McLaren has only just begun shipping the first of its 375 P1 hyper cars, each a 903-hp plug-in hybrid costing $1.15 million, billed as a successor to the McLaren F1, one of the greatest supercars of all time. Getting a chance to drive one is a big deal; McLaren has let only a few select people in the world behind the wheel.
The P1 exists as a rolling testament to McLaren’s work on the track. Formula 1 leads technical innovation in motorsport, and its teams pay fastidious attention to detail, materials, aerodynamic efficiency and now even hybrid technology. Until the LaFerrari hits the streets, the McLaren P1 is the only road car in the world that shares not just technology, but a factory and engineers with a successful F1 team. The P1’s drag reduction system works just like the one on the McLaren's race cars; hydraulic suspension dampers allow for an active selection of handling modes- from "sport" to "track" to "race" which, along with lowering the car, also stiffens the suspension to make it less likely to morph into a flying missile. Hybrid IPAS, a device like an F1 KERS systems, allows for a 176-hp "go even faster" boost button whenever you need it.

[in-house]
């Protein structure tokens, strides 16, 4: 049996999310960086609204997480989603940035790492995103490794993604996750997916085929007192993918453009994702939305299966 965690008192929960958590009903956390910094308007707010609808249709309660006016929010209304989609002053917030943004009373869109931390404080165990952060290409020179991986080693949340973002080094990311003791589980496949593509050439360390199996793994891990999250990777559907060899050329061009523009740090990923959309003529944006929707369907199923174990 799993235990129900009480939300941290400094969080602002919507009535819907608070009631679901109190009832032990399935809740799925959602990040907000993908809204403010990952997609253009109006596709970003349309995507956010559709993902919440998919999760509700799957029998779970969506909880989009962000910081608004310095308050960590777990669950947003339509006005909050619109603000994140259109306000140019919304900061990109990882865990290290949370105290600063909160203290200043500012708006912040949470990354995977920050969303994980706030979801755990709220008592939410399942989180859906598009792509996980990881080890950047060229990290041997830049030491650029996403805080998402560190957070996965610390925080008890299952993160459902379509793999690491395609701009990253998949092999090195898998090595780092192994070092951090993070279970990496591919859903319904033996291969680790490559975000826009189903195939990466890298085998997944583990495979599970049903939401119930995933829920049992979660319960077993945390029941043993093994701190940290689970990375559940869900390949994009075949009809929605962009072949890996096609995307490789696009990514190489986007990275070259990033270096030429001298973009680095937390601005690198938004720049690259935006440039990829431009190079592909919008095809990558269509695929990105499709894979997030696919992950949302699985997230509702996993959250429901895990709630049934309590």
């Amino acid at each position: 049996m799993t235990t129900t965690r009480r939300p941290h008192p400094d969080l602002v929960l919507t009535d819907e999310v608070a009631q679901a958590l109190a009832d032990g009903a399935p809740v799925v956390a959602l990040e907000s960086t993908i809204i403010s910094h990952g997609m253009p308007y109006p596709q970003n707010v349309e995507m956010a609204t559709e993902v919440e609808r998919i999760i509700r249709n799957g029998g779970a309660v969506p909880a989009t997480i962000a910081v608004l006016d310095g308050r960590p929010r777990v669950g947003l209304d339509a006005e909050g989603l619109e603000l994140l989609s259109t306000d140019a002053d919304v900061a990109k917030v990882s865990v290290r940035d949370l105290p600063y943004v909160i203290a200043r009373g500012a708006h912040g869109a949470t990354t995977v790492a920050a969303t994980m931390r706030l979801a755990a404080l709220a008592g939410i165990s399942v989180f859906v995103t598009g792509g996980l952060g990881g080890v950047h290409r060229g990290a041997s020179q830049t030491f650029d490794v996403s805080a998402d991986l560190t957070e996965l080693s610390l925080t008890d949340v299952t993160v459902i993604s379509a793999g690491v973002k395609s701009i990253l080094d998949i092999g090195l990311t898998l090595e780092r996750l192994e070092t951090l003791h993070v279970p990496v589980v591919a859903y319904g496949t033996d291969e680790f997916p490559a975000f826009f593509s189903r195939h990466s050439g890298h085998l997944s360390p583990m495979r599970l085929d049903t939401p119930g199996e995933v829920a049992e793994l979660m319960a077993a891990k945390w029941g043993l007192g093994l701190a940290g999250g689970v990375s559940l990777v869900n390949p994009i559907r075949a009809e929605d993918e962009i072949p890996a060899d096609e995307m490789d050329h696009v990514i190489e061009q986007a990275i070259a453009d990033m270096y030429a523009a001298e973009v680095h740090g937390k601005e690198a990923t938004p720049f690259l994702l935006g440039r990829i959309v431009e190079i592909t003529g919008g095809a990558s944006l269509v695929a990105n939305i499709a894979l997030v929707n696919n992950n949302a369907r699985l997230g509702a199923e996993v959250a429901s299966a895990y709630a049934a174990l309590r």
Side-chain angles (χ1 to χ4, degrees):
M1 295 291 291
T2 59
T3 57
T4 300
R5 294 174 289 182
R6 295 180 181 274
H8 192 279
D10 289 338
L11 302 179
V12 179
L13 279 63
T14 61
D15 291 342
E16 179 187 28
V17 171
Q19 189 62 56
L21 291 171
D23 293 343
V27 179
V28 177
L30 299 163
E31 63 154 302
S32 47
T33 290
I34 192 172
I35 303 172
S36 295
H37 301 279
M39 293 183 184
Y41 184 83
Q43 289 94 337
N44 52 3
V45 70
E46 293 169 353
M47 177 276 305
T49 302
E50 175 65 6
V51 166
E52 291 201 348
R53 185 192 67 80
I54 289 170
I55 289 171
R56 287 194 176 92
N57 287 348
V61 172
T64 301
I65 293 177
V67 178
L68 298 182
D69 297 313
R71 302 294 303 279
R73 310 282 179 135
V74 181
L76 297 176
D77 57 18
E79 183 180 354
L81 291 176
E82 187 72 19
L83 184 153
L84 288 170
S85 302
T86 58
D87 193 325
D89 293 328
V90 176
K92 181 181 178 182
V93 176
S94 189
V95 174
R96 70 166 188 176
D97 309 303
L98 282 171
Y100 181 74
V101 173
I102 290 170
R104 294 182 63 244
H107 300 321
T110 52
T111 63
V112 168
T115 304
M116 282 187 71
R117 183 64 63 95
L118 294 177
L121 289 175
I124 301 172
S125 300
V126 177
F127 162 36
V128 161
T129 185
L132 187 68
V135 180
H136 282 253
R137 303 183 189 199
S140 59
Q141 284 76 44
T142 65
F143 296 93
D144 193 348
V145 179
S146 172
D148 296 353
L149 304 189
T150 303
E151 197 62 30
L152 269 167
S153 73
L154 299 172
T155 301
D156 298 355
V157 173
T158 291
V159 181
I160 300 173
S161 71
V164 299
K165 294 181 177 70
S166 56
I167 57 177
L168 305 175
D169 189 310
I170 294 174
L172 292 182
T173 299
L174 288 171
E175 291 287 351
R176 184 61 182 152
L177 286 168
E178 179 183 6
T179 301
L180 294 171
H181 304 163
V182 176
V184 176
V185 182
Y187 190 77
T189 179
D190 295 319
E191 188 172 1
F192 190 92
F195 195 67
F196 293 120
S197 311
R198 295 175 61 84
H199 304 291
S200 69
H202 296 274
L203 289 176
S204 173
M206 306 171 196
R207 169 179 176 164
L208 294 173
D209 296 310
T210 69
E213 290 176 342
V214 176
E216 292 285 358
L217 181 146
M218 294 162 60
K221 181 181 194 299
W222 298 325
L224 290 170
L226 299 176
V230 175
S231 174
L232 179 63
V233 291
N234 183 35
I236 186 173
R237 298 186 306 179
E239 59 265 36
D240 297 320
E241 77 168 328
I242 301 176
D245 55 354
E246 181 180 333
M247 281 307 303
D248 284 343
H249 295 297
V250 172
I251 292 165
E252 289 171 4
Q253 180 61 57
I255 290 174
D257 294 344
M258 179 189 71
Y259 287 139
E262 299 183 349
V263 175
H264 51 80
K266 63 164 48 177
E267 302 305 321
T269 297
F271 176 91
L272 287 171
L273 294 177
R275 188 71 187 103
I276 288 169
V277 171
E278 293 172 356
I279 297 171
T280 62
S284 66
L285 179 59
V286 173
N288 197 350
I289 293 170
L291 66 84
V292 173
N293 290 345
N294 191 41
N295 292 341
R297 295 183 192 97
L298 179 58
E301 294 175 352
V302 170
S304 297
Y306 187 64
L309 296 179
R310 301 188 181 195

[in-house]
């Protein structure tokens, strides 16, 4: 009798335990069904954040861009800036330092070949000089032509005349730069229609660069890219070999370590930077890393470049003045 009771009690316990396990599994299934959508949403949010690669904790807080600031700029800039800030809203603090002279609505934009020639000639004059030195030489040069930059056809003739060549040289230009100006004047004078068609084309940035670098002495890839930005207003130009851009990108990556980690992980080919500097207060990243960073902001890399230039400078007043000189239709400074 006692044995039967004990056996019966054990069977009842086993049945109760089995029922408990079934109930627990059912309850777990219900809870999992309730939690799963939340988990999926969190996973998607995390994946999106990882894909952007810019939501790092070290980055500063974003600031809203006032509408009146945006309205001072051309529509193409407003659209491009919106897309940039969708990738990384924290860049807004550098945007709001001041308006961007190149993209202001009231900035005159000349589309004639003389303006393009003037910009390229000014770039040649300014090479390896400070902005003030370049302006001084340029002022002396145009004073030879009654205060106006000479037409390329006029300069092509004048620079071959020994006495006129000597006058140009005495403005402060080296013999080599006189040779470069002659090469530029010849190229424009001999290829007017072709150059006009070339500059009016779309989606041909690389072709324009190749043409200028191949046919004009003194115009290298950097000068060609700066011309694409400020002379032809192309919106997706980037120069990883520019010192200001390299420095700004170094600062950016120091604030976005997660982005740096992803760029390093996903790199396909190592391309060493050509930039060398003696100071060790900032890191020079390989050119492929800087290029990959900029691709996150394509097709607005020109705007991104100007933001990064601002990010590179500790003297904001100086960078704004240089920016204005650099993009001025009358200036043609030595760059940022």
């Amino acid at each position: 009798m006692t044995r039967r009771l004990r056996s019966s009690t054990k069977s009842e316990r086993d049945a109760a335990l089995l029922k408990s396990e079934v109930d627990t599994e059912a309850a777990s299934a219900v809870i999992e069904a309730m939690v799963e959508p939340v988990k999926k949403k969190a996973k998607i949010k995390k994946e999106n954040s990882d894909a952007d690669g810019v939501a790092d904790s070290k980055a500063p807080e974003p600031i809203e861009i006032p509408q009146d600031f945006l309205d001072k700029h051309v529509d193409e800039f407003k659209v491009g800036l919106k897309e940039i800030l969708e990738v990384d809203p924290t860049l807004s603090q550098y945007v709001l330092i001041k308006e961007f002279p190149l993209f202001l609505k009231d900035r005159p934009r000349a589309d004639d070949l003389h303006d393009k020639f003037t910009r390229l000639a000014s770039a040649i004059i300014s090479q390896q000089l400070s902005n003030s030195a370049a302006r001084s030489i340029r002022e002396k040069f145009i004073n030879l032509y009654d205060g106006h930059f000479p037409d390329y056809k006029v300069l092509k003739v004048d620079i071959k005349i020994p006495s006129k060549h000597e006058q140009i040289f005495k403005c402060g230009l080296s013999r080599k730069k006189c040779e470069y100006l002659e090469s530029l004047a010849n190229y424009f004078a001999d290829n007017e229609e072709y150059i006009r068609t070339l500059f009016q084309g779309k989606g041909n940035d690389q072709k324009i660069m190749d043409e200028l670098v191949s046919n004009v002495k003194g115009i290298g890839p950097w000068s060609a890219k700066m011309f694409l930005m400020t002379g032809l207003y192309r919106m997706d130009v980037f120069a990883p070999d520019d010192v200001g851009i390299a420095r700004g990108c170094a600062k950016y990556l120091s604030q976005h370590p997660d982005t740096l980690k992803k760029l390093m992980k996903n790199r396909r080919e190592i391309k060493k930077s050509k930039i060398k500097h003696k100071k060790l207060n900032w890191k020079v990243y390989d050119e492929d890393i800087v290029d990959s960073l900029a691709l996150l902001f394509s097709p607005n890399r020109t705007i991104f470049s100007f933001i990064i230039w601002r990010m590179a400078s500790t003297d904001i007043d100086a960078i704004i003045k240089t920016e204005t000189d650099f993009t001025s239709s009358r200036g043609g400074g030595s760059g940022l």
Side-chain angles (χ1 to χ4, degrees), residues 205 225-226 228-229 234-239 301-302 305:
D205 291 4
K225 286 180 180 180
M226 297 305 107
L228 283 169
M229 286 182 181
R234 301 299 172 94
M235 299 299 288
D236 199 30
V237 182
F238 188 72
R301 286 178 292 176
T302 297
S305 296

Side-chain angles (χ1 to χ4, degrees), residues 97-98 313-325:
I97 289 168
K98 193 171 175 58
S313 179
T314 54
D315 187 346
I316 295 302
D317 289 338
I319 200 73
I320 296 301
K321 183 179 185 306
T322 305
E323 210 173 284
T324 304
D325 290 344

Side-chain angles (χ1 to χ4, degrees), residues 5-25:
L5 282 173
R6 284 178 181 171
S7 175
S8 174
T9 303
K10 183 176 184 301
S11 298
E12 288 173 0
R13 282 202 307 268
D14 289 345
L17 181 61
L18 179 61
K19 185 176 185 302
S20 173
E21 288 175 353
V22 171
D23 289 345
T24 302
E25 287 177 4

Once you're hitting the apexes around 80 mph, the active aerodynamics ensure the P1 remains glued to the road, and demolishing your intestines in the process. It’s capable of generating cornering force of 2Gs; a track-ready Porsche 911 GT3 or an SRT Viper tops out at around 1.25G.